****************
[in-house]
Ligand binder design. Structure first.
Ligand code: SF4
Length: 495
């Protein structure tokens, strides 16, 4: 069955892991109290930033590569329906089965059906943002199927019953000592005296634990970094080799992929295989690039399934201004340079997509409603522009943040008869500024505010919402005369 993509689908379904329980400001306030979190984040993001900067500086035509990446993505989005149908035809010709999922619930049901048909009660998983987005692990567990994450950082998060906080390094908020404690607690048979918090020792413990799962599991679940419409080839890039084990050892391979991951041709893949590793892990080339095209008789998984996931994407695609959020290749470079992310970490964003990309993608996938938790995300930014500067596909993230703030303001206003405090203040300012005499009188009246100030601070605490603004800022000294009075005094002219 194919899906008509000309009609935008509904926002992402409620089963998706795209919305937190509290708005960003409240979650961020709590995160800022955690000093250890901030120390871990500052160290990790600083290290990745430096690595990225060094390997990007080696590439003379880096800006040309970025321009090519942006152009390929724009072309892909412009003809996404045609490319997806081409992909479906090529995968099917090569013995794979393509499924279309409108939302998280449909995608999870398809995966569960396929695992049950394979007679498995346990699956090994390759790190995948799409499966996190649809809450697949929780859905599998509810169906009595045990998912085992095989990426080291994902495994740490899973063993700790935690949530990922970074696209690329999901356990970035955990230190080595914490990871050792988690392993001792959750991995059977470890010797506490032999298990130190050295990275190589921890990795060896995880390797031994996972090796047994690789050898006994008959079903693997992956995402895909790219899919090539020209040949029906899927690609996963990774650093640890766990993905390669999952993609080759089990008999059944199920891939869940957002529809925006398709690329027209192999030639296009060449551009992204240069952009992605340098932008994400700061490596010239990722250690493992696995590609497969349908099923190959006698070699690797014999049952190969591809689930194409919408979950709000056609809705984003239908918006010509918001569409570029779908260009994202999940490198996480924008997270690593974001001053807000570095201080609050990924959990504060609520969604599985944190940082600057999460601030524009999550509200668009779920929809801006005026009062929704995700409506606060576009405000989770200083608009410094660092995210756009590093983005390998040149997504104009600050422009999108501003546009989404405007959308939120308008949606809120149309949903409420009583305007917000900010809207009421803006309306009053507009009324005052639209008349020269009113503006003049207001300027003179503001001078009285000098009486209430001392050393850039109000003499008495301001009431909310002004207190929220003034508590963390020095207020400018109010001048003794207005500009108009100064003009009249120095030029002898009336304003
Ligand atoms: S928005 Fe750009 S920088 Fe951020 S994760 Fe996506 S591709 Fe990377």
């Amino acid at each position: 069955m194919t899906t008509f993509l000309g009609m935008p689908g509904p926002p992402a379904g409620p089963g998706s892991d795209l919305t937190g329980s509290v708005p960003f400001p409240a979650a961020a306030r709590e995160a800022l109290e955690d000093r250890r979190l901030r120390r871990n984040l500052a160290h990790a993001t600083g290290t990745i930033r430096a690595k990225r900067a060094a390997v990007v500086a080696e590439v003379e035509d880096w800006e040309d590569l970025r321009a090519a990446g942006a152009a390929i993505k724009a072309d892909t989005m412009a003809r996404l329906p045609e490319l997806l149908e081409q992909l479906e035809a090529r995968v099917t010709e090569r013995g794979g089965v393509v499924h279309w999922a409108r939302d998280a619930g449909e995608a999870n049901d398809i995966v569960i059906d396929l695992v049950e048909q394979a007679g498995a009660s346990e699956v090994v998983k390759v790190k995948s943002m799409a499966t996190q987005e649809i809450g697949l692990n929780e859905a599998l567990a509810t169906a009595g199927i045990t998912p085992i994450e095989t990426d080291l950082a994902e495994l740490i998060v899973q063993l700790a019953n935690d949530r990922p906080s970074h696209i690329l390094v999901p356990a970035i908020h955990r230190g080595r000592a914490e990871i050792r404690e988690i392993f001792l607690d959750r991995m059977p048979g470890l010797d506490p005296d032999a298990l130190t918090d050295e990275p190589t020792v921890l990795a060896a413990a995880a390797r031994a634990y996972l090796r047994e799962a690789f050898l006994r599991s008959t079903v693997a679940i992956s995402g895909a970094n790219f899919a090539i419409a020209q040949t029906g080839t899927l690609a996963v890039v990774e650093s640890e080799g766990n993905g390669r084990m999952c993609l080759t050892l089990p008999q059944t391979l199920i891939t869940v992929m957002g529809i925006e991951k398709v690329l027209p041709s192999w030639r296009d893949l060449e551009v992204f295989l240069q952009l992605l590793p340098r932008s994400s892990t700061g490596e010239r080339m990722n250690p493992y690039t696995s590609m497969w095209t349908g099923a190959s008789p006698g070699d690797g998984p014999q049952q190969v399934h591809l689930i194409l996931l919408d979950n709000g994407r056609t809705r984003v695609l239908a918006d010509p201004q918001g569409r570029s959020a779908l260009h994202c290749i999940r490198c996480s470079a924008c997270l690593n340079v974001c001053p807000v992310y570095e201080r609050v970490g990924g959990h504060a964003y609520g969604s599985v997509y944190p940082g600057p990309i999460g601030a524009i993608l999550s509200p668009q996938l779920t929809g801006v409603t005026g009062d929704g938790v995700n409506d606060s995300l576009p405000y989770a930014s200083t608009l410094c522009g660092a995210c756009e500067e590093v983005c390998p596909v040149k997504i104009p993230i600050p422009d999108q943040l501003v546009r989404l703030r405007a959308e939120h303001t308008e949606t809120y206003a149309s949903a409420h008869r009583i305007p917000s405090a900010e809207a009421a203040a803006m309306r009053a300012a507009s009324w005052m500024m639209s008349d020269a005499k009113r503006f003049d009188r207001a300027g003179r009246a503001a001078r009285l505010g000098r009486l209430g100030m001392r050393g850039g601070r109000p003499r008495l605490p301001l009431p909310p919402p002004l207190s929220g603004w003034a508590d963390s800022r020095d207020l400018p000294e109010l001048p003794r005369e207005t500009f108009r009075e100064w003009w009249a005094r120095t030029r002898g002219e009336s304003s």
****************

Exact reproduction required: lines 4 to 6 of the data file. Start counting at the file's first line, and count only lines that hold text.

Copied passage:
Length: 495
């Protein structure tokens, strides 16, 4: 069955892991109290930033590569329906089965059906943002199927019953000592005296634990970094080799992929295989690039399934201004340079997509409603522009943040008869500024505010919402005369 993509689908379904329980400001306030979190984040993001900067500086035509990446993505989005149908035809010709999922619930049901048909009660998983987005692990567990994450950082998060906080390094908020404690607690048979918090020792413990799962599991679940419409080839890039084990050892391979991951041709893949590793892990080339095209008789998984996931994407695609959020290749470079992310970490964003990309993608996938938790995300930014500067596909993230703030303001206003405090203040300012005499009188009246100030601070605490603004800022000294009075005094002219 194919899906008509000309009609935008509904926002992402409620089963998706795209919305937190509290708005960003409240979650961020709590995160800022955690000093250890901030120390871990500052160290990790600083290290990745430096690595990225060094390997990007080696590439003379880096800006040309970025321009090519942006152009390929724009072309892909412009003809996404045609490319997806081409992909479906090529995968099917090569013995794979393509499924279309409108939302998280449909995608999870398809995966569960396929695992049950394979007679498995346990699956090994390759790190995948799409499966996190649809809450697949929780859905599998509810169906009595045990998912085992095989990426080291994902495994740490899973063993700790935690949530990922970074696209690329999901356990970035955990230190080595914490990871050792988690392993001792959750991995059977470890010797506490032999298990130190050295990275190589921890990795060896995880390797031994996972090796047994690789050898006994008959079903693997992956995402895909790219899919090539020209040949029906899927690609996963990774650093640890766990993905390669999952993609080759089990008999059944199920891939869940957002529809925006398709690329027209192999030639296009060449551009992204240069952009992605340098932008994400700061490596010239990722250690493992696995590609497969349908099923190959006698070699690797014999049952190969591809689930194409919408979950709000056609809705984003239908918006010509918001569409570029779908260009994202999940490198996480924008997270690593974001001053807000570095201080609050990924959990504060609520969604599985944190940082600057999460601030524009999550509200668009779920929809801006005026009062929704995700409506606060576009405000989770200083608009410094660092995210756009590093983005390998040149997504104009600050422009999108501003546009989404405007959308939120308008949606809120149309949903409420009583305007917000900010809207009421803006309306009053507009009324005052639209008349020269009113503006003049207001300027003179503001001078009285000098009486209430001392050393850039109000003499008495301001009431909310002004207190929220003034508590963390020095207020400018109010001048003794207005500009108009100064003009009249120095030029002898009336304003
Ligand atoms: S928005 Fe750009 S920088 Fe951020 S994760 Fe996506 S591709 Fe990377």